Bankrate.com Saving when you're barely surviving Monday August 28, 6:00 am ET Don Taylor Dear Dr. Don, I am a husband and father of two young toddlers. My net pay is just enough to scrape by every two weeks. With health insurance premiums well over $400 per month, my net pay is only enough to cover the bills. Every time I set aside money, I end up having to use it all for some unforeseen expenditure, and then some with credit cards (whose balances continue to escalate). Where does one in my situation begin to save? -- Underfunded Mike Dear Mike, Your question is one of the more difficult issues in personal finance. How do you work toward the future when you're having trouble getting through the week? The key is to keep spending less than income. Easier said than done, but that doesn't mean it doesn't need to be done. Spiraling credit card balances aren't the answer. Credit cards just postpone the problem and have you spending money on finance charges that should be going toward meeting your family's needs. Differentiate between what's necessary and what's nice in your monthly spending. Cutting out cell phones (or alternatively land lines), cable TV, dinners out, etc. brings down your monthly nut. Bankrate has a budget work sheet that you can download to put together a monthly spending plan. Talk to your employer's personnel department to see if there are ways of reducing the health-care costs while keeping family coverage. Taking advantage of flexible spending accounts to pay for medical costs with pretax dollars is one possible way of accomplishing this goal. The other side of the equation is to increase income. Take a second job, or a third. Don't think of it as forever, just until you can get the credit card balances down and build a bit of a cash cushion. If your wife doesn't work, perhaps she should. Bankrate's "Should my spouse work, too?" calculator will help with that math. The answers aren't easy, but you've got to ramp up income, throttle back on spending or both to get to the point where you move past paycheck-to-paycheck living and get to the point where your income is also building toward your family's future. If you've worked through all this and still can't see a way, it's time to ask for help. Your state government might be able to help with health-care insurance for the children, for example. A Bankrate feature, "Finding help in hard times," has some other ideas, too. To ask a question of Dr. Don, go to the "Ask the Experts" page, and select one of these topics: "financing a home," "saving & investing" or "money." --------------------------------- Investopedia – Debt Consolidation Investments you should know Finder Unified Theory of Everything Financial Revealed in Dilbert and the Way of the Weasels By Scott Adams 1.Make a will 2.Pay off your credit cards 3.Get term life insurance if you have a family to support 4.Fund your 401k to the maximum 5.Fund your IRA to the maximum 6.Buy a house if you want to live in a house and can afford it 7.Put six months worth of expenses in a money-market account 8.Take whatever money is left over and invest 70% in a stock index fund and 30% in a bond fund through any discount broker and never touch it until retirement 9.If any of this confuses you, or you have something special going on (retirement, college planning, tax issues), hire a fee-based financial planner, not one who charges a percentage of your portfolio Check the bottom line: A portfolio with an asset allocation of 70% in Vanguard's Total Stock Market Index (VTSMX) is doing just fine, performing remarkably close to the S&P 500 index. Moreover, that simple two-fund portfolio is perfect for the vast majority of America's 95 million investors who are passive much as Adam's Dilbert character. The truth is, most investors have little or no interest in Wall Street's casino action; all the time-consuming research, the sophisticated stock-picking tricks, the costly trading necessary to play in a market drowning in 10,000 stocks, 18,000 funds and more than 100,000 bonds. Most investors have jobs and kids as their top priority. Moreover, Dilbert's simple two-fund portfolio compares favorably with our other lazy portfolios.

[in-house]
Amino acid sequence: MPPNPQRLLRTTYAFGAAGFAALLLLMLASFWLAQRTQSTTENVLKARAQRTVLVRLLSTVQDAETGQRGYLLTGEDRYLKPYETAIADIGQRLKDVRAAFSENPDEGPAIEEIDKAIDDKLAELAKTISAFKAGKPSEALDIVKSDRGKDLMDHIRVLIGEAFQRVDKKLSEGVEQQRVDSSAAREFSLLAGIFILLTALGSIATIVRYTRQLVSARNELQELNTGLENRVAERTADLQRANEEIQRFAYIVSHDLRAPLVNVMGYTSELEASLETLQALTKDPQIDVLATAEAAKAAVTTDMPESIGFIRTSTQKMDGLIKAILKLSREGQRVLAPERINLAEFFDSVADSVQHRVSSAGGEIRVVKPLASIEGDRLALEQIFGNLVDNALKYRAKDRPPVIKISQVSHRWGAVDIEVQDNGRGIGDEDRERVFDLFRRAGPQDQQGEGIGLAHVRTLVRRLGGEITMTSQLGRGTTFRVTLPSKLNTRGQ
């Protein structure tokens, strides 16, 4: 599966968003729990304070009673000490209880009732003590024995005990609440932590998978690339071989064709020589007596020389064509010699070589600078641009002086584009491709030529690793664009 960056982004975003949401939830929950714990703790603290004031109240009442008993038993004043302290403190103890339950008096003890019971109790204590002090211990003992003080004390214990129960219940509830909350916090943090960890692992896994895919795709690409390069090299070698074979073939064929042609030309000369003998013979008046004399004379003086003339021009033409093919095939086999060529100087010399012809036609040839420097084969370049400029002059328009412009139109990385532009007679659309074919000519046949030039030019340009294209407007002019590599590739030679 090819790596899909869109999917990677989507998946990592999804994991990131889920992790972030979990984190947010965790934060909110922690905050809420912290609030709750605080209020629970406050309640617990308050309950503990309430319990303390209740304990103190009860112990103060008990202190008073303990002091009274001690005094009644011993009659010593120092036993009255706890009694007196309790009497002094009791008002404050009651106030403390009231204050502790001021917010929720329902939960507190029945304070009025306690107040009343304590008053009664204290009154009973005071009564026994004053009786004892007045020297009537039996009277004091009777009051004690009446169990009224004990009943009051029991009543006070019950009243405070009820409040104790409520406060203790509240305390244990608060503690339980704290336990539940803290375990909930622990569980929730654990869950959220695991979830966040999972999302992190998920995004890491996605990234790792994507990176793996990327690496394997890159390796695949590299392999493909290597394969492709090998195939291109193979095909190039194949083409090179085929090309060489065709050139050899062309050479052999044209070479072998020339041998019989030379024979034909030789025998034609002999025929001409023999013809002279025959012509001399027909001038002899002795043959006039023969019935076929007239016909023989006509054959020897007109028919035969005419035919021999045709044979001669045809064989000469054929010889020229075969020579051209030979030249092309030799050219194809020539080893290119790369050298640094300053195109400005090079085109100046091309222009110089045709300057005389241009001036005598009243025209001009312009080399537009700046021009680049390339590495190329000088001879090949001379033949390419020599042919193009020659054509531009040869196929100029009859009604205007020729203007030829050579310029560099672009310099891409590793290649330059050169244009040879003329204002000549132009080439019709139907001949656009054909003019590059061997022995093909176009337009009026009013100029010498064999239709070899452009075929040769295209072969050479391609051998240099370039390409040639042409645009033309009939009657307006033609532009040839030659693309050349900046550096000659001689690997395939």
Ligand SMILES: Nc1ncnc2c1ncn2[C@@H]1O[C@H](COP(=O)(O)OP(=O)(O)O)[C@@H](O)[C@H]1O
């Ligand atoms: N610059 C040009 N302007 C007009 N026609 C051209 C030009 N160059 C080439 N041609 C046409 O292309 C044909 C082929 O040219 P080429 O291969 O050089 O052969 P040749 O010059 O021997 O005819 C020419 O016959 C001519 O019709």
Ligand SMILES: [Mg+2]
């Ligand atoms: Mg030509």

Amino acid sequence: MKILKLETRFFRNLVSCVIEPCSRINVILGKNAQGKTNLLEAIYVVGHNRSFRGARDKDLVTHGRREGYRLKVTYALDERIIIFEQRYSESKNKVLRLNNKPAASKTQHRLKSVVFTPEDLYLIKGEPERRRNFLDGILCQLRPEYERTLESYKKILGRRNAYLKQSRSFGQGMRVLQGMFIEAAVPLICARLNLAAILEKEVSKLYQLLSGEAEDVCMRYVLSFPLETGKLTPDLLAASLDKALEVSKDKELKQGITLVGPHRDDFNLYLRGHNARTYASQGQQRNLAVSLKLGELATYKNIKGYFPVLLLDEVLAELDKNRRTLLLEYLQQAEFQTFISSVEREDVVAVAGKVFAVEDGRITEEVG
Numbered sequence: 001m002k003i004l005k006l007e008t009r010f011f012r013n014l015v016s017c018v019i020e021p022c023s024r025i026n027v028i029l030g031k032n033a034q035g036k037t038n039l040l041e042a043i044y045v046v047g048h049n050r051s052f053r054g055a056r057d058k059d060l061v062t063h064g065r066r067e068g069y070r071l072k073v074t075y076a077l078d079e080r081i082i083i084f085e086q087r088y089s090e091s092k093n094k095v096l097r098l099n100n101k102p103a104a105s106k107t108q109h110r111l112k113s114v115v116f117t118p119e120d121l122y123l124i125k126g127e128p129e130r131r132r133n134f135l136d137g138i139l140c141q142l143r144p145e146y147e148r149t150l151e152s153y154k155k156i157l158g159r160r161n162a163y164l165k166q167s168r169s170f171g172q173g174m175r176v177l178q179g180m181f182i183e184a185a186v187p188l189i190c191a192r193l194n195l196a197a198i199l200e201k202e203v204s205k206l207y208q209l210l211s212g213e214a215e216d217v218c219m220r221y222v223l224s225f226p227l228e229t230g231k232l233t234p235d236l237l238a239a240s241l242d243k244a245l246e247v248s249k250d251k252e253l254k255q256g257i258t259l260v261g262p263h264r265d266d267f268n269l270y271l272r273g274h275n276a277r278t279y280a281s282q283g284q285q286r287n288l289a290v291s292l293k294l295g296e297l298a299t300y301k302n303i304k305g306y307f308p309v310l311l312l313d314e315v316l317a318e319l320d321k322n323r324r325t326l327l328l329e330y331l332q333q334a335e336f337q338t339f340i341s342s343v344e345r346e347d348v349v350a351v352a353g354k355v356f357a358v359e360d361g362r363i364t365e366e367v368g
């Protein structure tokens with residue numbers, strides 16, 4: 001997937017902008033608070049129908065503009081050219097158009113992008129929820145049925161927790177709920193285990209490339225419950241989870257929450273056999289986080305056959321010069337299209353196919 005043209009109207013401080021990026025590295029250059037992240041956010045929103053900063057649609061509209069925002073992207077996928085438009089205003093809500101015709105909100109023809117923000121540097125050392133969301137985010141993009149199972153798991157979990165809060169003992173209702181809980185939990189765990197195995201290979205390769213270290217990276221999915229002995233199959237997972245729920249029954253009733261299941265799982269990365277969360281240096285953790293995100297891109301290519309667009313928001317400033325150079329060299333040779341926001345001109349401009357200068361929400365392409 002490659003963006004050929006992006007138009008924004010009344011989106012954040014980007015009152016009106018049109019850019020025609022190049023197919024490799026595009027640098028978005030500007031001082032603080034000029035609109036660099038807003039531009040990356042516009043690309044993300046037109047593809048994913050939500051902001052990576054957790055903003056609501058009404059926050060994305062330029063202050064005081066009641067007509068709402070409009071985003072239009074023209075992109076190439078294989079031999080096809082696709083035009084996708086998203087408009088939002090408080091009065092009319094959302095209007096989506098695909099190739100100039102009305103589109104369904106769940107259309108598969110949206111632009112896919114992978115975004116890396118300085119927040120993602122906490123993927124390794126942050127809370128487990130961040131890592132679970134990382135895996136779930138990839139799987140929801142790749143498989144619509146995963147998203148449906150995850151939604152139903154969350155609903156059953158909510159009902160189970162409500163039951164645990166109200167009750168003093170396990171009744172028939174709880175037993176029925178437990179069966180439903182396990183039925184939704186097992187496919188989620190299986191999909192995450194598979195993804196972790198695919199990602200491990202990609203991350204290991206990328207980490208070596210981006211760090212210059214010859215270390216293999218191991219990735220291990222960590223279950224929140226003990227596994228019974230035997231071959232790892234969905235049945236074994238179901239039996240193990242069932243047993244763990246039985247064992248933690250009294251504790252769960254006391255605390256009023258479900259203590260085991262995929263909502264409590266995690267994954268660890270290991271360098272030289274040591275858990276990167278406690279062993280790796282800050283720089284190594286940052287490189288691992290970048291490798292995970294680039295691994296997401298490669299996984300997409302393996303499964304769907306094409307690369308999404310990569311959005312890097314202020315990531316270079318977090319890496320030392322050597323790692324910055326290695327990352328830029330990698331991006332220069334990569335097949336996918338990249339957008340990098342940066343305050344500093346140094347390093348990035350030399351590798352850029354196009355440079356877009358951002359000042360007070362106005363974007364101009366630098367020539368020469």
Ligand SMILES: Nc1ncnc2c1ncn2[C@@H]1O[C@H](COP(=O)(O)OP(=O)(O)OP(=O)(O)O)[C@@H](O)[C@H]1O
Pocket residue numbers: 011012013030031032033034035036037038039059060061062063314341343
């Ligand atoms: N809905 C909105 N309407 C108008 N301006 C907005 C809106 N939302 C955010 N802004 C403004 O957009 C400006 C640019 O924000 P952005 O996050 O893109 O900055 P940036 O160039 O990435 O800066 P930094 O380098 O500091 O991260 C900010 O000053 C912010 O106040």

You will still in debt no matter what, better save it for retired. think as if you don't get the money, and invest it. or you can finish the bill, but if you do it for a better rate, you will get in bigger bill?
Pay off current bills and put the rest in savings
Tithe savings bills rainy day